Instagram confirms that it is testing a web version of Direct Messages with a ‘small percentage’ of users
Instagram Direct messages available on desktop because the company confirms that it is testing a web version with a ‘small percentage’ of users who work just like the mobile service
- Instagram confirmed Tuesday that it tests Direct Messages on desktop
- A small group of users has access to the new version that works as a mobile
- Notifications can be enabled in browsers while you use the service on a PC
- A full rollout of the desktop version has yet to be released by Instagram
Instagram Direct Messages (DM) has found a new home – your desktop.
The social media giant confirmed Tuesday that a small group of users is testing a web version of the messaging service.
The PC service is said to be similar to mobile – users can create new groups or start a chat with someone from the DM screen or profile page, and share photos and videos.
The release is only available for a ‘small percentage’, but Instagram said The edge that “more details about a possible large-scale rollout in the future will come”.
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Instagram Direct Messages (DM) has found a new home – your desktop. The social media giant confirmed Tuesday that a small group of users is testing a web version of the messaging service
Instagram launched Direct Messages in 2013 and over the years has become a popular way for people to communicate.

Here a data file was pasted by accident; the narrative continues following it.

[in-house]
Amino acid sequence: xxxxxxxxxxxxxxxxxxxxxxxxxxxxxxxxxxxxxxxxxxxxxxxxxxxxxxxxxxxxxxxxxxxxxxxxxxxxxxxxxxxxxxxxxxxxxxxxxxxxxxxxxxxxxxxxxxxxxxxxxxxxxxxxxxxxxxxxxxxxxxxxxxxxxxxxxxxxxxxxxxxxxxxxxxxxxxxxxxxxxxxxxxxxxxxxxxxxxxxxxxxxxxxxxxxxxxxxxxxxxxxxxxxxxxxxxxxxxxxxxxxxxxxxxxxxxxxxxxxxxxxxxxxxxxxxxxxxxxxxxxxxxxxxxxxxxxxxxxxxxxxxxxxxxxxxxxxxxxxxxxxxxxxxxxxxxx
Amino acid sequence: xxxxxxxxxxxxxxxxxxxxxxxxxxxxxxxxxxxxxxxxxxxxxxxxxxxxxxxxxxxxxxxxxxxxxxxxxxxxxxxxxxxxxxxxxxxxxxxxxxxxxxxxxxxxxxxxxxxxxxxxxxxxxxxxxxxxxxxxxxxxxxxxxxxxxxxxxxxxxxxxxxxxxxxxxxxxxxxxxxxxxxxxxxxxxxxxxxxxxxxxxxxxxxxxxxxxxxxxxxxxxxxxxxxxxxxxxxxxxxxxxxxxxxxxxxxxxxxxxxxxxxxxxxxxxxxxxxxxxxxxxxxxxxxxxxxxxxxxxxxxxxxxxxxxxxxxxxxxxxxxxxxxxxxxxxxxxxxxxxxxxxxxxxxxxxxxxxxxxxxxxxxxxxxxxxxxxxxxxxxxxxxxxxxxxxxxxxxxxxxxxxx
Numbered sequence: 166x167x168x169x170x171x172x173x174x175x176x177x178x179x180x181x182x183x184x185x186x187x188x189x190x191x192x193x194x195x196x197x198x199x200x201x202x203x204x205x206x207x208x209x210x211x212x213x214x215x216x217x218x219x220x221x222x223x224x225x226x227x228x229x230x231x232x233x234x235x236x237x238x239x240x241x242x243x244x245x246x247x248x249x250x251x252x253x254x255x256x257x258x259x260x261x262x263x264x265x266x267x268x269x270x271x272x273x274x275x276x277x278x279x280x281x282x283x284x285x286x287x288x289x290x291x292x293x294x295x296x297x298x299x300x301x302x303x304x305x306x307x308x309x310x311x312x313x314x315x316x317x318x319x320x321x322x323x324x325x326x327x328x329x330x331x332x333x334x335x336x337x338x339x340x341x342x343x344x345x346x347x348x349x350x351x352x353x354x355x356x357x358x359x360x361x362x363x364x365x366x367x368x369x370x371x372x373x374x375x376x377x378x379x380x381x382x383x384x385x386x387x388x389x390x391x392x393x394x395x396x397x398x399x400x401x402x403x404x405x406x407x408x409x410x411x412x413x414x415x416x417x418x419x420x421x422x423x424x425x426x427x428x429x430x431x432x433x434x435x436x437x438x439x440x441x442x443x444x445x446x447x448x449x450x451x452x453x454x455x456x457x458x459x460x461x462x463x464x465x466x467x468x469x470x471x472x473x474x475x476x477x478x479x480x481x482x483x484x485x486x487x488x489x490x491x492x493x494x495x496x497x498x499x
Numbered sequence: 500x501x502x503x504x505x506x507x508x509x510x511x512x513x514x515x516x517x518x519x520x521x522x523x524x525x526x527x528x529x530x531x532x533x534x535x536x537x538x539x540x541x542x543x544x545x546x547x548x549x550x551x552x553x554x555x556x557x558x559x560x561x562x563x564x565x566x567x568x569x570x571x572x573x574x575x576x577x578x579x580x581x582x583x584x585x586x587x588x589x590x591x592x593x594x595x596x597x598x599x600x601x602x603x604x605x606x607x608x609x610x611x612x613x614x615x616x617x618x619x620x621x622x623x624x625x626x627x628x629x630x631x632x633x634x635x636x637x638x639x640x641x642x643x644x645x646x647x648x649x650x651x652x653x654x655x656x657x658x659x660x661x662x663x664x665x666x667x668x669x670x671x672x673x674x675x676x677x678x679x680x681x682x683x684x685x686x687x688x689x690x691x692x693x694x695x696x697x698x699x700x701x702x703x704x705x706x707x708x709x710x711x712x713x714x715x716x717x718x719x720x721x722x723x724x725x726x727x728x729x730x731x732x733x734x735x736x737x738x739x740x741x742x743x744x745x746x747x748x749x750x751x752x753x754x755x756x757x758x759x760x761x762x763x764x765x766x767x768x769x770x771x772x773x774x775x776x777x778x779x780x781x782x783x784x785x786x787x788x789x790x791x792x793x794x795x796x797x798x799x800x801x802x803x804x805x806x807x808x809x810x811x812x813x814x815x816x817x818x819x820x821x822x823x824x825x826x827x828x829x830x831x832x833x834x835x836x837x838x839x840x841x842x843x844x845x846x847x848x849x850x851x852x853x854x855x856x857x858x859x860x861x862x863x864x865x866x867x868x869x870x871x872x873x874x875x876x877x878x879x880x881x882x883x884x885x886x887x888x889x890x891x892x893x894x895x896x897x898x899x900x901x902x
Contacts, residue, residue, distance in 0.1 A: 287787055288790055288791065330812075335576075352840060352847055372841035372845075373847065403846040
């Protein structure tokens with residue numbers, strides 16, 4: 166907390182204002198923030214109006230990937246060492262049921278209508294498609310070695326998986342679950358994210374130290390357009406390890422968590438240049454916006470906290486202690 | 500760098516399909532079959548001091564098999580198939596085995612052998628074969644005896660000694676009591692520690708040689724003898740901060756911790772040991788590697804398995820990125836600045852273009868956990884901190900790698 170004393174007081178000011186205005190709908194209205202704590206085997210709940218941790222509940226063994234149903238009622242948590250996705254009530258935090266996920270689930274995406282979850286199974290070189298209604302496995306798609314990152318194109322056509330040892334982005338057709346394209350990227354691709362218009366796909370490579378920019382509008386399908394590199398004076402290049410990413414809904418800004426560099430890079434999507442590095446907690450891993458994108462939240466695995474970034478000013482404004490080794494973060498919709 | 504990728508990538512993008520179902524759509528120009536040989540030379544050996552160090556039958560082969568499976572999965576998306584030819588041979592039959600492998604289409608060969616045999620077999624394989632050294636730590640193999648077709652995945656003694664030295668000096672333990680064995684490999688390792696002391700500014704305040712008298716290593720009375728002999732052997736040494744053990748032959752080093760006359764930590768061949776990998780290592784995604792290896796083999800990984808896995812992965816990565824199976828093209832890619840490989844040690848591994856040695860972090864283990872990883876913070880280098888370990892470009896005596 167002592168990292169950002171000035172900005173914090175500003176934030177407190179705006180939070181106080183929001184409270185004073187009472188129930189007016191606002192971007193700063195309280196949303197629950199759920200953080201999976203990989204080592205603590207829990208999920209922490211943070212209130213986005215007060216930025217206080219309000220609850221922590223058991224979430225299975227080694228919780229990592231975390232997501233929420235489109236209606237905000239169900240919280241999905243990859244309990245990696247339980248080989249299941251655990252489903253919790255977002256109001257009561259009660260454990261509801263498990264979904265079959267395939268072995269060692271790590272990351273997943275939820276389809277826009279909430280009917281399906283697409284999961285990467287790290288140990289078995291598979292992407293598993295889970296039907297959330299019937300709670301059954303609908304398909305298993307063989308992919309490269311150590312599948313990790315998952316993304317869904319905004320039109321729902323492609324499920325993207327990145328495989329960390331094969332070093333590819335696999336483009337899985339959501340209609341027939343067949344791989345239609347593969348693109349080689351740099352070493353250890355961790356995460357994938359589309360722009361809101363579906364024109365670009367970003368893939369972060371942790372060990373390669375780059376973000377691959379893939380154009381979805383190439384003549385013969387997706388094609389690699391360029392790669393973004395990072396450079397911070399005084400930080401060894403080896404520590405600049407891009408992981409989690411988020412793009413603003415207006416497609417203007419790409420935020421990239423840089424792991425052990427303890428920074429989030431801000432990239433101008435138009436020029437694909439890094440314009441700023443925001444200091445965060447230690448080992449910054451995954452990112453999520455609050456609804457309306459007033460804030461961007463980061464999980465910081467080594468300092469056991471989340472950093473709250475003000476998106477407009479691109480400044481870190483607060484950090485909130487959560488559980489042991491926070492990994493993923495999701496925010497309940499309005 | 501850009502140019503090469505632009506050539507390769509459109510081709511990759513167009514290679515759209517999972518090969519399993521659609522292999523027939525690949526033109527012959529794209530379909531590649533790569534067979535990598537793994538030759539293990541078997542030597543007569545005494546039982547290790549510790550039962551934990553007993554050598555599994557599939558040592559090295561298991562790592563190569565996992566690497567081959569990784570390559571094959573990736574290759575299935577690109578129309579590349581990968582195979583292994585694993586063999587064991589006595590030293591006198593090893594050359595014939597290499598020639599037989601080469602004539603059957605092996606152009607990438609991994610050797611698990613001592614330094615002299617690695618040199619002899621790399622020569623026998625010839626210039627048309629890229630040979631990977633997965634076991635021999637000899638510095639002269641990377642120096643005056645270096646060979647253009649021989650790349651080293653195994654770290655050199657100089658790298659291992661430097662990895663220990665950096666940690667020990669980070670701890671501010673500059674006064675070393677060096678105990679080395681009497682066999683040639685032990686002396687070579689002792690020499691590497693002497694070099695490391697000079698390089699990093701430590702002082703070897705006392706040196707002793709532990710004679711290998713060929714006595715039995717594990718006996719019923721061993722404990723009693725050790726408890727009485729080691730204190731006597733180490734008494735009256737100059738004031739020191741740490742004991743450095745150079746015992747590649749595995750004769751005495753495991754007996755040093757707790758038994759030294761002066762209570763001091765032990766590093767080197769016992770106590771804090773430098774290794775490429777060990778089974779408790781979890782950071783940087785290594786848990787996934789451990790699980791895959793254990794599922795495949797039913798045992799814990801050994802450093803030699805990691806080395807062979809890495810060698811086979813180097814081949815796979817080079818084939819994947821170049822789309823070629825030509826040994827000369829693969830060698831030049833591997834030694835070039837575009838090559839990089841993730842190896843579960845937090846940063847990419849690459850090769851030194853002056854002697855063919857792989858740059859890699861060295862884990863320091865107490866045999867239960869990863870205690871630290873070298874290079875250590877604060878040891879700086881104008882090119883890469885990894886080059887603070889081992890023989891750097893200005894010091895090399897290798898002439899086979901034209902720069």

And the desktop version works just like the mobile version.
Users can enable notifications in their browser so that they do not miss messages, comments or likes.
Vishal Shah, head of the product for Instagram, tweeted Tuesday: “I promise we will listen to your feedback. We are testing something that we consistently hear from powerful users of Instagram Direct: access via desktop web! “
The PC service is said to be similar to mobile – users can create new groups or start a chat with someone from the DM screen or profile page, and share photos and videos
This is the first that Instagram has confirmed the web version tests, but in February 2019, the company appeared to test the feature internally, TechCrunch reported.
Facebook, the owner of Instagram, has paid much attention to messages.
CEO Mark Zuckerberg told The New York Times last spring that the social media company plans to have Facebook, Instagram and WhatsApp users send messages to each other, regardless of the platform on which they are located.
“People must be able to use each of our apps to reach their friends, and they must be able to communicate easily and securely over networks,” said the technical tycoon.
“We intend to start by allowing you to send messages to your contacts using one of our services and then extend that interoperability to SMS.”
“You can imagine many simple experiences – a person discovers a company on Instagram and easily switches to the desired messaging app for secure payments and customer support; another person wants to catch up with a friend and can send him a message that goes to his favorite app without thinking about where that person would like to be reached; or you simply post a story of your day on both Facebook and Instagram and you get all the answers from your friends in one place. “